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Warnings raised over energy bill shock for thousands

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More than 218,000 households are set to see their energy bills jump at the end of the month, according to new research by

Analysis by the price comparison site found that 157 fixed energy tariffs are due to expire at the end of May. Thousands of households on those tariffs face seeing a substantial increase in their energy costs at this point, as they will be rolled onto their supplier’s standard tariff.

The research found that the average household who moves from one of the expiring tariffs onto their supplier’s default deal will end up paying a whopping £279.96 a year extra for the same energy use, collectively costing those households an incredible £61m.

Peter Earl, head of energy at, said: “Each month hundreds of thousands of households risk falling onto a standard variable tariff which means many end up paying more than they should do. Energy companies are the only ones to benefit.”

Capping prices

Standard variable tariffs are the most expensive tariffs operated by energy suppliers. It’s because they are such a rip off that the energy price cap was introduced, in a bid to limit how badly suppliers can milk those customers who do not switch tariffs after their initial deal comes to an end.

The price cap was increased back in April to £1,138 per year for the average household, a jump of £96. This was down to a combination of the greater demand for energy, which had pushed up wholesale prices, as well as to support energy suppliers who have had some customers who were unable to pay their bills due to the Covid-19 pandemic.

However, even with the cap in place, a standard tariff works out at significantly more expensive than the price you would pay if you switched to a new fixed tariff. According to the latest data from Ofgem, the energy regulator, the average of the 10 cheapest tariffs on offer last month came to £914 per year, a substantial saving.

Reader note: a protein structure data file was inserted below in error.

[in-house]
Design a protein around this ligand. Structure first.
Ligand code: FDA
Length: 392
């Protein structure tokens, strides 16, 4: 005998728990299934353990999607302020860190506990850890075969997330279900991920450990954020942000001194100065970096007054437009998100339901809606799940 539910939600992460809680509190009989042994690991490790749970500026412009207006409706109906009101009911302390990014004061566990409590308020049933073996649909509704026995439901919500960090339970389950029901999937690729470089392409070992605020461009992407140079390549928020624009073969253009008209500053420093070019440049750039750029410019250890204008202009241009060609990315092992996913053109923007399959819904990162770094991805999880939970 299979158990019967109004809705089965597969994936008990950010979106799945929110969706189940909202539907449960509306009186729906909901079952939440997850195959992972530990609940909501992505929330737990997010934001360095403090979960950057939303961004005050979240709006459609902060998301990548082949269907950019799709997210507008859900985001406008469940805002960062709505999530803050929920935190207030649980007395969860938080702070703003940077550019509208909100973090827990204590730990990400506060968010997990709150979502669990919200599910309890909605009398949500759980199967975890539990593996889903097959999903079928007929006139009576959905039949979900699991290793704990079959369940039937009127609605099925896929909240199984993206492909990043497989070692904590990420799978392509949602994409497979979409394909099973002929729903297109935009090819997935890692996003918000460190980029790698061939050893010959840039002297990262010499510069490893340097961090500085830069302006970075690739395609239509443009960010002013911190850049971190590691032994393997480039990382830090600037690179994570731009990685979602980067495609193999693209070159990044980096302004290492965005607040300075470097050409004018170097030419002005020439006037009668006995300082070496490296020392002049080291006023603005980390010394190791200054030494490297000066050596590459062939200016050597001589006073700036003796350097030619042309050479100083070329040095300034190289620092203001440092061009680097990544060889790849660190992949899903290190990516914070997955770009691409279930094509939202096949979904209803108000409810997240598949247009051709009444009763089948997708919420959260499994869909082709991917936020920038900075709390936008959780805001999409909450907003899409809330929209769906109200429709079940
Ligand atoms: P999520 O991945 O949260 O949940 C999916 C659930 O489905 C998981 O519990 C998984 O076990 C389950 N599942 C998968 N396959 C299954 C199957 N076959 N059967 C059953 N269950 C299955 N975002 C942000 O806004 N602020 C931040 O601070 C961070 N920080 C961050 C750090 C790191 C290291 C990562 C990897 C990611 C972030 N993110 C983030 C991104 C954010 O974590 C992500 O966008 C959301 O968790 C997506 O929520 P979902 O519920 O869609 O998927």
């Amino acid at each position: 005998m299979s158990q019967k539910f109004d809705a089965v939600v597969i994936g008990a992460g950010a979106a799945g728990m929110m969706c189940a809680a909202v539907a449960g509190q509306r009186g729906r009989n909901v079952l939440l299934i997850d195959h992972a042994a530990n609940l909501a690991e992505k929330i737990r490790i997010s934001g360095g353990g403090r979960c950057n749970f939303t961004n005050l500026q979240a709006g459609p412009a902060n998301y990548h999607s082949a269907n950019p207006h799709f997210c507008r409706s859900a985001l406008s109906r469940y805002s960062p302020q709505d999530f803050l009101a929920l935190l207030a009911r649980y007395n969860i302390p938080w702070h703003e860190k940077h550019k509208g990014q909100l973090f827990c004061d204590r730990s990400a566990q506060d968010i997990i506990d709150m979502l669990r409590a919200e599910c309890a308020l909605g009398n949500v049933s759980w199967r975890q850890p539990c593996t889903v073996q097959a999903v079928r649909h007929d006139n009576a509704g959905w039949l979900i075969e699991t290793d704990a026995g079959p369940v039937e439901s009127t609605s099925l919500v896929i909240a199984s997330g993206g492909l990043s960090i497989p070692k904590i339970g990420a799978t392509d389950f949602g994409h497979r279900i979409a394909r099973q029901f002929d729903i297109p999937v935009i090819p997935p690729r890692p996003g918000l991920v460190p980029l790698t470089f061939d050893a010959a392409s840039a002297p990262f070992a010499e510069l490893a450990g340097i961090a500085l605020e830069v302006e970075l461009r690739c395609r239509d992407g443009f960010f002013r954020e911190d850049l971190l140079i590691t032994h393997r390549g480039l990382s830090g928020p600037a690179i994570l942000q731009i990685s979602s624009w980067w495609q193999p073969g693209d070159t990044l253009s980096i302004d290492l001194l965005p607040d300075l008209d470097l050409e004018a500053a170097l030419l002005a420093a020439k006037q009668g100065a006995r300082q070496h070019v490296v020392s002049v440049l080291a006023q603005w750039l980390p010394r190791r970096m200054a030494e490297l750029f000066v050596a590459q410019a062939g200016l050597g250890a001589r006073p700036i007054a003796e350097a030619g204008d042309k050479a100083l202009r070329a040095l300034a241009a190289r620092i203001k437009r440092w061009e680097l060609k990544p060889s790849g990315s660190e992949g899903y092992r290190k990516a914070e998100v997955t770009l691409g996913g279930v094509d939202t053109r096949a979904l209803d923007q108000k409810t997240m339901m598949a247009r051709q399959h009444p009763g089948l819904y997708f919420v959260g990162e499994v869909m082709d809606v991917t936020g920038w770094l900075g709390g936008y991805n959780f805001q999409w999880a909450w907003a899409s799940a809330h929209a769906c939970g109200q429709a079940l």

Earl added: “The good news is that customers do not have to take these price increases lying down. It takes very little time to put your details in and find a new deal that could potentially save you hundreds of pounds.”

You don’t have to switch yourself

Price comparison sites are a simple place to start when looking for a new energy tariff, but they are not your only option. In fact, you can actually task some firms with shopping around on your behalf.

Auto-switching firms will compare energy tariffs for you each year and move you to a new, cheap tariff to ensure you do not end up moving onto your supplier’s standard tariff. You will be notified of a proposed switch, so you can object ‒ for example if you’ve had a bad experience with a supplier in the past and don’t want to use them for your energy ‒ otherwise the switch will take place and you’ll move to the new tariff.

These sites don’t charge users for this service, instead being paid a commission fee by the energy supplier you move to, in much the same way that price comparison sites earn money when you use them to switch tariffs.

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